I certainly do.  ;-)  So, what about that Hun Reloaded comp.  How did it work?  Why did it work?

At the risk of annoying a certain someone out there, before the matches started, I got into a... cough... "discussion" with this person about whether frigates are viable platforms for anti-electronic warfare support of main tourney ships.  I argued yes.  This person argued no: the frigates would die too fast and not be useful, this person argued.  Using frigates was a stupid thing to do, this person assured me.  But virtually every tournament team, including ours and definitely including Hun Reloaded, went ahead and did it anyway.(1)  Frigates are absolutely viable AT support ships, in particular beefy frigs like Merlins and Punishers.  Hun Reloaded used Merlins:

[Merlin, Mistress Ice's Merlin]
Warded Gravimetric Backup Cluster I
Warded Gravimetric Backup Cluster I
Warded Gravimetric Backup Cluster I

Medium Shield Extender II
1MN Afterburner II
Phased Muon ECCM Caster I
Remote Sensor Booster II, Targeting Range Script

75mm Gatling Rail II, Javelin S
75mm Gatling Rail II, Javelin S
75mm Gatling Rail II, Javelin S

Small Anti-EM Screen Reinforcer I
Small Anti-EM Screen Reinforcer I
Small Anti-Thermal Screen Reinforcer I

That's the dumbest fitting in the world in a TQ fleet battle, but in the AT, it's a lovely support ship.  It can defend itself against drones (though I would have put an Anti-Explosive reinforcer on to protect more against Warrior IIs) while it plies its main trade: making sure the main DPS and the logi can operate.  In this case, it's supporting friendly Vargurs with ECCM and both logi and Vargurs against damps with that Remote Sebo.  Your chance of jamming that support ship is pretty small (its native sensor strength is 29.4), and all it has to do is stay 68km away (its lock range) from threats.  Easy enough for a good pilot.

That projected ECCM, plus an overheated mid-slot ECCM on the Vargur itself, will push the Vargur up to 50+ sensor strength.  That will make jamming it damned hard.  More about the Vargurs in a second.  Hun brought three of these Merlins with their comp, one for each Vargur.  To that, they added three assault frigs (AFs were a damned good buy for the points this year) for behind-enemy-lines DPS.  Hun chose Hawks, which I really liked this year and I don't think were used enough.  The Hawks were supported by a Stiletto to provide initial tackle.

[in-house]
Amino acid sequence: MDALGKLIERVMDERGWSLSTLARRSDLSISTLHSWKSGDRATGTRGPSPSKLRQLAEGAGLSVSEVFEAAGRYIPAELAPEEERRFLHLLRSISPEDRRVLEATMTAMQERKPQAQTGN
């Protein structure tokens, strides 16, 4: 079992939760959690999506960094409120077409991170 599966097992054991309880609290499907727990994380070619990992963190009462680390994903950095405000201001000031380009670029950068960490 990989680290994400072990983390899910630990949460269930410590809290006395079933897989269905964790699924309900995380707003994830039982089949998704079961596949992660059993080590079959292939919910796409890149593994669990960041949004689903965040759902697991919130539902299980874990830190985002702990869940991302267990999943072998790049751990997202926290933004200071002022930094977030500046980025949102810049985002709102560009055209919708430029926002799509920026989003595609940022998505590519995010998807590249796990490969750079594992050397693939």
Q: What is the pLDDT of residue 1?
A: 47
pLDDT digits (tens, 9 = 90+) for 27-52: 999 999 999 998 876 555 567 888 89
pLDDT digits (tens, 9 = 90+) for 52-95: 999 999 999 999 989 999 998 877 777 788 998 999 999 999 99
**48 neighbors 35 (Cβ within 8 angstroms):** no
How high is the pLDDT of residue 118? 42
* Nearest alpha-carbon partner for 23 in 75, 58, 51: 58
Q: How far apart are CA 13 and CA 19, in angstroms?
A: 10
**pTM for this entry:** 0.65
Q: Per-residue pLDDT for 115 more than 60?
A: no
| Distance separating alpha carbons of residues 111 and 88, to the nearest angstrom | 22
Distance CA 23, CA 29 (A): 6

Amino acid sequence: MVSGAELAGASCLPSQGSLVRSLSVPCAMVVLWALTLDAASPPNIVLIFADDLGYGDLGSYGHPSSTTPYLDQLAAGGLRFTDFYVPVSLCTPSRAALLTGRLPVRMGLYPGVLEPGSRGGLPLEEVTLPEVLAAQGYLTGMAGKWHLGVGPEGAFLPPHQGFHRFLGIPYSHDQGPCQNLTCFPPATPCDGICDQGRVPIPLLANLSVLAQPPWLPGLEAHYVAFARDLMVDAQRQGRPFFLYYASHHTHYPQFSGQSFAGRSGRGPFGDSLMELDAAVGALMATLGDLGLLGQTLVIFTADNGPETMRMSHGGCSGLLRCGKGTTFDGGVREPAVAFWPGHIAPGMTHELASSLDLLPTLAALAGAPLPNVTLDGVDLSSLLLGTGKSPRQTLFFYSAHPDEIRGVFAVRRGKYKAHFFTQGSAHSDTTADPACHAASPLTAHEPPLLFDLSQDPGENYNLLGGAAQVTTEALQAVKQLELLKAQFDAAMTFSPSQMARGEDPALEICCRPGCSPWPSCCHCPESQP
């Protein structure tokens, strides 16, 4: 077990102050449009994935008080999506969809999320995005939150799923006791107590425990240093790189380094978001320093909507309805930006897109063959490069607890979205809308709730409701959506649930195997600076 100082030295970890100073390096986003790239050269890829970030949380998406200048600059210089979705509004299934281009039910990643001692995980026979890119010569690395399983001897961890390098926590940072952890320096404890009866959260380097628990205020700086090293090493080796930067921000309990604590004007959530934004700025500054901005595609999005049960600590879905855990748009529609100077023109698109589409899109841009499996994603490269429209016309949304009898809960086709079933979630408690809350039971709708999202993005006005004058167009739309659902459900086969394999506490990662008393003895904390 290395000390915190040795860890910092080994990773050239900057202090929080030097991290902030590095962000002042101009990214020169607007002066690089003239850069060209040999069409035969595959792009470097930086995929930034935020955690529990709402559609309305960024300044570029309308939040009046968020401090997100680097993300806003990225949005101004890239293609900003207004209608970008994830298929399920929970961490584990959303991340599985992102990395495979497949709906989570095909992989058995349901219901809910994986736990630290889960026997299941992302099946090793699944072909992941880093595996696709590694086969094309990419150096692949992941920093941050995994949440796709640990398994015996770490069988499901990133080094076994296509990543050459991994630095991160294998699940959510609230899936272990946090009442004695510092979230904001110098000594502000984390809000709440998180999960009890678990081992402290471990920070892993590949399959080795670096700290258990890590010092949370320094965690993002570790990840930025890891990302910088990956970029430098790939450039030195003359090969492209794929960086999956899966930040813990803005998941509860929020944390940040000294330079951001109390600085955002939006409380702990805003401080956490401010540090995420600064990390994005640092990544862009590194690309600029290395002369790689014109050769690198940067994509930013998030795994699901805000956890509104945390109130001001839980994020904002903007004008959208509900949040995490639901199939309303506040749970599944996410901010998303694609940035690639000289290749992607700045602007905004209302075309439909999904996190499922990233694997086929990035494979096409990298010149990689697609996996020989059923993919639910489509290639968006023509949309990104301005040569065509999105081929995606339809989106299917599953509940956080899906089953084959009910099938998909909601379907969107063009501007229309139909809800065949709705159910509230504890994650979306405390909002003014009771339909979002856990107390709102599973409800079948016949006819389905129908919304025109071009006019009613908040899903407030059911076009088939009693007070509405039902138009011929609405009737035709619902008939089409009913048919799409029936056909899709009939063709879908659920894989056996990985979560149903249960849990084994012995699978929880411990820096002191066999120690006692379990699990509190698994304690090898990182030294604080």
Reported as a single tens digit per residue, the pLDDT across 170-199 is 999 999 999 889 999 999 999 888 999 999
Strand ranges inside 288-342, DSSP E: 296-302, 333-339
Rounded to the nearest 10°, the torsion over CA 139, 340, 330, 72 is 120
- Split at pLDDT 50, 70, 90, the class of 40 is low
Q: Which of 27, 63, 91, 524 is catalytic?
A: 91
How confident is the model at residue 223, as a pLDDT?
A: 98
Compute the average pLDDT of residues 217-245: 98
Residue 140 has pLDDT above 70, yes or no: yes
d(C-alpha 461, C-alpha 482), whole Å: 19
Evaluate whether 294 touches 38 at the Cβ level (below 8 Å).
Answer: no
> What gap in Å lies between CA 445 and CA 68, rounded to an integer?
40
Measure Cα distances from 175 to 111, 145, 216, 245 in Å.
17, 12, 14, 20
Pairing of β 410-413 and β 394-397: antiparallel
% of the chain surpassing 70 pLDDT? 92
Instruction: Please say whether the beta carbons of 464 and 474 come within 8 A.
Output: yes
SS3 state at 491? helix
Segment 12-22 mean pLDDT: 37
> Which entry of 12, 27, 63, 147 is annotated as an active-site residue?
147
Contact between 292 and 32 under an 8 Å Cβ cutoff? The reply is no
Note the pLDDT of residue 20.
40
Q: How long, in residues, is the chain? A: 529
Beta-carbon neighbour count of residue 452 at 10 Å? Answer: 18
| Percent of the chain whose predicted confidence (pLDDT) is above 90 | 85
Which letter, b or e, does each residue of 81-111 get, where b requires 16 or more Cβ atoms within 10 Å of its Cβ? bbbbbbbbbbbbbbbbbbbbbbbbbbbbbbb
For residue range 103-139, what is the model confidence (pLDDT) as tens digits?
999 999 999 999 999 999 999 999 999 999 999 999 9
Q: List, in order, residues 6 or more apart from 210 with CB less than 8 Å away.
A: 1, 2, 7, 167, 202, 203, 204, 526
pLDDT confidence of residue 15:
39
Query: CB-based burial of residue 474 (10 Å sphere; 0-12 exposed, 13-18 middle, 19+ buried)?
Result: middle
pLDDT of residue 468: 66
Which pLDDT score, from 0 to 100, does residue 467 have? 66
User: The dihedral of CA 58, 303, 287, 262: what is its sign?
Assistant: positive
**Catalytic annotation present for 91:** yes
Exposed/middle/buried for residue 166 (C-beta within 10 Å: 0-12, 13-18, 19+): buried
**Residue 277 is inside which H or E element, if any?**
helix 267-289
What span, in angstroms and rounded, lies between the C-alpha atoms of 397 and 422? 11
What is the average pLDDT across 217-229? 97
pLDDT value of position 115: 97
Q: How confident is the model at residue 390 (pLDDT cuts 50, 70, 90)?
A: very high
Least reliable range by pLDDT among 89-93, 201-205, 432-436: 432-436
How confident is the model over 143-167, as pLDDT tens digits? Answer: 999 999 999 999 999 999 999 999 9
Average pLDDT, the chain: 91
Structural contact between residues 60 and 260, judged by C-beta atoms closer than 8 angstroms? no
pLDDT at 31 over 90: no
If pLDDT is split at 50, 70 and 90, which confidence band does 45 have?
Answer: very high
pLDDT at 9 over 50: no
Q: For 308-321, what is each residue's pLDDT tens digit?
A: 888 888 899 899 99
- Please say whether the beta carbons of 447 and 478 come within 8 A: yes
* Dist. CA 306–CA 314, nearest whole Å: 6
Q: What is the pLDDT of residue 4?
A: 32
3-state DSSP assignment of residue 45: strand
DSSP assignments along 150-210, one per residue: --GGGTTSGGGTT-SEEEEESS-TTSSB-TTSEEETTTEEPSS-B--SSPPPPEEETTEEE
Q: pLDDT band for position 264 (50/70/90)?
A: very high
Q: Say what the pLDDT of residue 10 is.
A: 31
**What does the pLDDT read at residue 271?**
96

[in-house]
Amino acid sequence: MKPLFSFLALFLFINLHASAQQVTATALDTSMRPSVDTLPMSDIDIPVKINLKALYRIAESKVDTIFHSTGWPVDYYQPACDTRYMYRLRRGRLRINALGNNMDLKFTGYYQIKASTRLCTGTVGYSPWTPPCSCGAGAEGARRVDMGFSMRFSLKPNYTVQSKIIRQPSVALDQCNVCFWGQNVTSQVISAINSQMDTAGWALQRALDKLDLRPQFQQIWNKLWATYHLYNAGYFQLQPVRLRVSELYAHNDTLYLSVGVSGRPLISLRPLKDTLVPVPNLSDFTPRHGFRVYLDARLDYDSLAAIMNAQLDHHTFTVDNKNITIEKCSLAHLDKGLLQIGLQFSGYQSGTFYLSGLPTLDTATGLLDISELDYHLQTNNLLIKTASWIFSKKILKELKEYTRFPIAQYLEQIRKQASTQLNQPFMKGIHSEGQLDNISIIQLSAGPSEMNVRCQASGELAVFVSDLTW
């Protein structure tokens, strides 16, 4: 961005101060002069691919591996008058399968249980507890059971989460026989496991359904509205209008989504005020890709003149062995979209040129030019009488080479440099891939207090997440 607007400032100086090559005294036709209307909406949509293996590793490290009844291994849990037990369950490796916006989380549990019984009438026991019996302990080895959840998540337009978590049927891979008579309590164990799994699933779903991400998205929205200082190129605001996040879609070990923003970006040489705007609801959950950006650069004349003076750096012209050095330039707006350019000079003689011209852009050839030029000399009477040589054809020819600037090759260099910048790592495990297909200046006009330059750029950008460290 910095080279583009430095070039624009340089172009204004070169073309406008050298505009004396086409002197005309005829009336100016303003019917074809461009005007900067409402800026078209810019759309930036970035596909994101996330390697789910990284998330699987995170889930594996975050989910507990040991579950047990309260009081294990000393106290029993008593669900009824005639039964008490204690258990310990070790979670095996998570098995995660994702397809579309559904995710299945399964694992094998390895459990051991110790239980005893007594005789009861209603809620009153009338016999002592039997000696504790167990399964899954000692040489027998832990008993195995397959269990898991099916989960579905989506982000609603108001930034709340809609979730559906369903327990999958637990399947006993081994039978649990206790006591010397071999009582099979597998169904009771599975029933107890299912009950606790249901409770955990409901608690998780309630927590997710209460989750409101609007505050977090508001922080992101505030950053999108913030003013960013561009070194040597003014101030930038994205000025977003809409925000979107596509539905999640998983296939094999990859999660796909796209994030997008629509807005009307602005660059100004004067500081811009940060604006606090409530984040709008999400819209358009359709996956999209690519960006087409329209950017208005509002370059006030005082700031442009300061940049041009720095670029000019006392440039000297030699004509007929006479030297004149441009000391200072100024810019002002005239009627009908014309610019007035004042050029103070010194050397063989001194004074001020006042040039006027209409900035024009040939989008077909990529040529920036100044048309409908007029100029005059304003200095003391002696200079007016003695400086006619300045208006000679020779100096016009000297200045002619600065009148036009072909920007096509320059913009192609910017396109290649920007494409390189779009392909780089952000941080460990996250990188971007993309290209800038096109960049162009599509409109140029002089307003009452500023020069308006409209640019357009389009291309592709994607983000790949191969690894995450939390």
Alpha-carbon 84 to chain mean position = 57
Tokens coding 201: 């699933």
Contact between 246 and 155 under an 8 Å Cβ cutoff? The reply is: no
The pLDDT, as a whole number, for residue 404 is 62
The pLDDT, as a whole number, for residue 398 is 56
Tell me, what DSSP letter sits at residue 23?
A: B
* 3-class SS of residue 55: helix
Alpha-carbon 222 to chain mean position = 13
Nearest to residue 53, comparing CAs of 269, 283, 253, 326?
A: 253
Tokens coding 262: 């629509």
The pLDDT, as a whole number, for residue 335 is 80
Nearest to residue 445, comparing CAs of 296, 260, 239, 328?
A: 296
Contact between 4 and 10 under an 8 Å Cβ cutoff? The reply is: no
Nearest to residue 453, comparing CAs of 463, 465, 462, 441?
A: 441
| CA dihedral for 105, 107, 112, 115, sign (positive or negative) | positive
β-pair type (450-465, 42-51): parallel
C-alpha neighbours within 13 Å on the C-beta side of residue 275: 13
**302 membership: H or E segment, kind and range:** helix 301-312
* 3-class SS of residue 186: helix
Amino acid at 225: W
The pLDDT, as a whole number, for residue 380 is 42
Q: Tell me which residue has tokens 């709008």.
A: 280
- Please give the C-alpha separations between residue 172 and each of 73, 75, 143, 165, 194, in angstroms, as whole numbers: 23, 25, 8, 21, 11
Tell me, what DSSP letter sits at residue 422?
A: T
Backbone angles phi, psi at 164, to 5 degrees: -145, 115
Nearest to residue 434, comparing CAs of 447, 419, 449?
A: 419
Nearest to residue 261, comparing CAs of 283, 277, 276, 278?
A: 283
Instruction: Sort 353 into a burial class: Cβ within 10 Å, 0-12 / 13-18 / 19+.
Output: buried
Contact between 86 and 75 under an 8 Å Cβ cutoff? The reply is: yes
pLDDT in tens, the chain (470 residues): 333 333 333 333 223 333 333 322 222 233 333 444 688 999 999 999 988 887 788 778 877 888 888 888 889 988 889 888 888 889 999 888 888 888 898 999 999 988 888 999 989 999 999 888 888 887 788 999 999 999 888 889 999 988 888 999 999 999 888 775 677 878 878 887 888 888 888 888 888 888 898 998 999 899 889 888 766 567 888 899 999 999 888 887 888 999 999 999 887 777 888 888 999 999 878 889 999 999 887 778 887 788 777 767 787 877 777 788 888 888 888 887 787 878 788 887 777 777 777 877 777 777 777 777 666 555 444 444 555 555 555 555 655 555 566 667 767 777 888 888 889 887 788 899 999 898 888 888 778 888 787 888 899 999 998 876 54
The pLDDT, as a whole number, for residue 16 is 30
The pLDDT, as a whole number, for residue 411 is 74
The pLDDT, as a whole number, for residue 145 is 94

Say you've got an EAF behind enemy lines.  These four ships dive in.  The Stiletto provides the initial scram, then the Hawks roll in and finish it.  The Hawks, interestingly, also had a ECM Burst module each.  I'm kind of curious what the theory behind this module was but I can think of one use right off: diving into groups of enemy Sentry drones and bursting them.  A drone subjected to this treatment will go idle and if the enemy pilot isn't paying attention, he might well not notice and not retask that DPS.  The burst also probably protected the Hawks against Warriors and Hornet ECs.  It's an interesting tactic!

Anyway, that's half the team: three Merlins, three Hawks, Stiletto.  They're the support.  Front-line DPS is provided by three Vargurs.  Again, more on them in a second.  The final two ships were a Scimitar and a Tengu.

The Scimitar was a little piece of tin-foil wrapped around an X-Large Ancillary Shield Booster and four large shield reppers.  With its Invulnerability Field and ASB overheated, that would allow the Scimi to tank about 1500 DPS.  Each Vargur was carrying three Heavy Shield Maintenance Bots.  Each of them adds 67 DPS to the Scimi's tank, for another 600 DPS if all nine were used.  The Scimi was AB fit, which gave it an 87m signature... freakin' tiny!  So, you can attack this team's Vargurs or you can attack their Scimi, but if you do the latter, you're probably going to do about 1/3 of your base DPS.  Each pulse of the ASB restored about 20% shields to this Scimi.  So you're going to be shooting at the Scimi for a long time while you're under the guns of those Vargurs.  Not tempting!

So I think this is going to be the go-to Scimitar fit for AT11:

[Scimitar, Pr3t0r's Scimitar]
Beta Reactor Control: Reaction Control I
Reactor Control Unit II
Reactor Control Unit II
Reactor Control Unit II

Large Azeotropic Ward Salubrity I
10MN Afterburner II
Medium Electrochemical Capacitor Booster I, Navy Cap Booster 400
Adaptive Invulnerability Field II
X-Large Ancillary Shield Booster, Navy Cap Booster 400

Large 'Atonement' Ward Projector
Large S95a Partial Shield Transporter
Large S95a Partial Shield Transporter
Large S95a Partial Shield Transporter

Medium Ancillary Current Router I
Medium Ancillary Current Router I

Medium Shield Maintenance Bot II x4
Light Shield Maintenance Bot II x1

It requires a 5% grid implant and probably, pretty significant support from those Merlins if someone tries to jam or damp it.  So it's not a fit you can fly unless you build part of your team around it.

There's nothing particularly impressive about the Tengu fit Hun used.  It's just supplemental DPS running a tech2 Shield Harmonizing link.  In terms of tanking, it was the weak link in the bunch, with a 234m signature and an 1800 DPS tank under Scimi reps.  All nine Shield bots on the Tengu would have added another 675 DPS.  So it was probably the easiest ship in the group to break, but the one that would have had the easiest time maintaining range, too.  Those HMLs can shoot at about 115km.  So good luck trying for it.

That leaves the Vargur fit.

[Vargur, T0mcs1 Hung4ry's Vargur]
Gyrostabilizer II
Gyrostabilizer II
Damage Control II
Tracking Enhancer II
Reactor Control Unit II

Prototype 100MN MicroWarpdrive I
Heavy Electrochemical Capacitor Booster I, Navy Cap Booster 800